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Rooftop’s Mixed Bag of Shorts at the Mall Garage

Leah Mermelstein Jul 20, 2005

movie

Rooftop Films, N.Y.C.’s premier mobile independent theater, packed 13 films, five sets of fireworks and music by the Mountain Goats onto the roof of the Fulton Mall parking lot for their Fourth of July show. (Overstimulated and hanging out at the mall – very American.) The closest set of fireworks was occluded by some building that snuck by the event planners, but what appeared to be a carpet bombing of pyrotechnics in the distance did seem appropriate. As for the films:

World on Fire (Sophie Muller, Los Angeles, CA, 4:20) is a melodramatic Sarah McLachlan music video with an ill-steered conscience. Muller uses a series of simple equations, to the tune of “$2,000 to cater a Hollywood shoot = food enough to feed 20,000 Haitian children breakfast” to illustrate her point. What point is that, you might ask. If we halt production on America’s biggest export – crap like White Chicks or National Treasure – will hunger and world poverty cease to exist? Such misguided efforts to eliminate poverty and suffering are dangerous. The IMF and World Bank are case examples. (The millions of poverty-stricken and malnourished children in the U.S. are bypassed here. Perhaps the numbers are not drastic enough – a couple grand buys more in Haiti.) This film leads the audience away from the causes of poverty and inequality: political control and distribution of money and resources, and instead focuses on providing charity.

There was a time where you could pretty much expect political non-fiction film to suffer from low-production values and didactic talking heads, rendering it useless for communicating to people outside the choir. Luckiest Nut in the World (Emily James, Fulcrum TV, 5:30) is a largely Flash-based short that makes the economics of global trade fun again. Unfortunately, it exemplifies a common pitfall of activist film: bad messaging. The singing American peanut does a great job of reaching a non-academic audience, but falls short on explaining how NAFTA affects working peanut farmers in the U.S. The nut sang to me that the U.S.’s sway in the global market place would compensate for otherwise harmful elimination of trade restrictions through NAFTA, ignoring the race to the bottom and loss of jobs in the U.S. However, for love of singing food, I am anticipating Emily James’ next film.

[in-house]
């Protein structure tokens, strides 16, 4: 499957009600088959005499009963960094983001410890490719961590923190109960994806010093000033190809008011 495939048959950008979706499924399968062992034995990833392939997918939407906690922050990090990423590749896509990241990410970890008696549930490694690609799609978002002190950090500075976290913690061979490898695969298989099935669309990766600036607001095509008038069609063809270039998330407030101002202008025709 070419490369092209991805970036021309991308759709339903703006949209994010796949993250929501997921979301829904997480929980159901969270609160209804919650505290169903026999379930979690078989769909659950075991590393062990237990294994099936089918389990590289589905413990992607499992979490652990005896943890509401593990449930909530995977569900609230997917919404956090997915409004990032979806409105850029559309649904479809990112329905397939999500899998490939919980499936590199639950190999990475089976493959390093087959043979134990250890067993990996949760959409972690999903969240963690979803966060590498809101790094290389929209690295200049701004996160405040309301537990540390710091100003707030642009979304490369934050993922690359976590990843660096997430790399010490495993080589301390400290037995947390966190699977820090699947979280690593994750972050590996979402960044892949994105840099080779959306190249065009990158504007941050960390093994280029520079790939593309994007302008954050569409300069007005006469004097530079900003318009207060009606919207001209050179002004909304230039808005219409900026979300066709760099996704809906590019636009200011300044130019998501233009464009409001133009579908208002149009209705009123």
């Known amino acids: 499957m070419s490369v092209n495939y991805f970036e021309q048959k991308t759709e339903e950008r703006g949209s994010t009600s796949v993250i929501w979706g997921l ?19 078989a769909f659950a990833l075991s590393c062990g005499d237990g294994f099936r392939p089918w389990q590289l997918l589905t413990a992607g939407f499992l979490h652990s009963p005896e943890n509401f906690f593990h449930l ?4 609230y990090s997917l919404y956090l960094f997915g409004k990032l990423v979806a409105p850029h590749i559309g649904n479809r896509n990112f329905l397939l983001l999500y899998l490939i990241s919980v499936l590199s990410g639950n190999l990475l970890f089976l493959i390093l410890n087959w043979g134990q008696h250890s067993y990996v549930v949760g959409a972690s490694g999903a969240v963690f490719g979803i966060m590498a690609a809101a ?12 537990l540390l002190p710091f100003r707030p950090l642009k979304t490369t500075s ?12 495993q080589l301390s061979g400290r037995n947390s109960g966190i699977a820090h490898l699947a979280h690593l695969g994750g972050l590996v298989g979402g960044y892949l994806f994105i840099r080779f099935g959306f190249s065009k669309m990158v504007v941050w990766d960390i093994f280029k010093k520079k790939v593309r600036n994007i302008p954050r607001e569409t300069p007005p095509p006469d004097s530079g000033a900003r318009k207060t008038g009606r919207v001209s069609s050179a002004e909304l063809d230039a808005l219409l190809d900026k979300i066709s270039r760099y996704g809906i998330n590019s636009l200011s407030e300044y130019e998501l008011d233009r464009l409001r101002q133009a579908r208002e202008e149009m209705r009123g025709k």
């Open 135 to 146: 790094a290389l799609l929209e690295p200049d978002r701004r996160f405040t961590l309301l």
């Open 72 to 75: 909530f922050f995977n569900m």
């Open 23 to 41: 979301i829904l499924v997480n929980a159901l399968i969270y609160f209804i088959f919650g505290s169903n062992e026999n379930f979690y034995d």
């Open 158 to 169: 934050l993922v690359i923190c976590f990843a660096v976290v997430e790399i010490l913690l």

Sarah Prior and Monica Bigler’s crowd pleaser, Buried in the Backyard (30:00), interviews Americans who are “adequately prepared” to survive a nuclear blast and fend off hungry neighbors. Like a Cribs for the paranoid and tragically unhip, the film follows these folks into the personal bomb shelters they love, showing off their bounty of gallons of commercial-grade mustard and artificial pancake syrup. The character and plot development gleaned from these proud interviews penetrates into the deep survival instincts that can come to a head with our communal instincts. There are those that have enough food stocked for their neighbors: as one owner testifies, “feeding them is easier than shooting them.” Others are going it alone. One elderly man goes so far as to set up electric fences around his property to deter and maim hungry post-nuclear-blast neighbors. Although there is a hint of comedic condescension in the characters’ development, the audience is reminded that those with shelter only need to be right once; the shelterless need to be right every day.

The recruitment of young men and women into our nation’s armed forces is a critical supply link directly enabling our occupation of Iraq. Many anti-war groups and individuals are focusing activist energy against the Department of Defense, which spent over four billion dollars on military recruitment in Fiscal Year 2003. All That I Can Be (Educational Video Center, New York, 8:00) gets to the gut of why the armed forces’ strategies work: They look good because poverty is worse. We are introduced to William, a Brooklyn teen, and the army recruiter who sells him on going to war. The brevity of the film works to its disadvantage, cutting short William’s story. It’s a first chapter of an unsettlingly common story.

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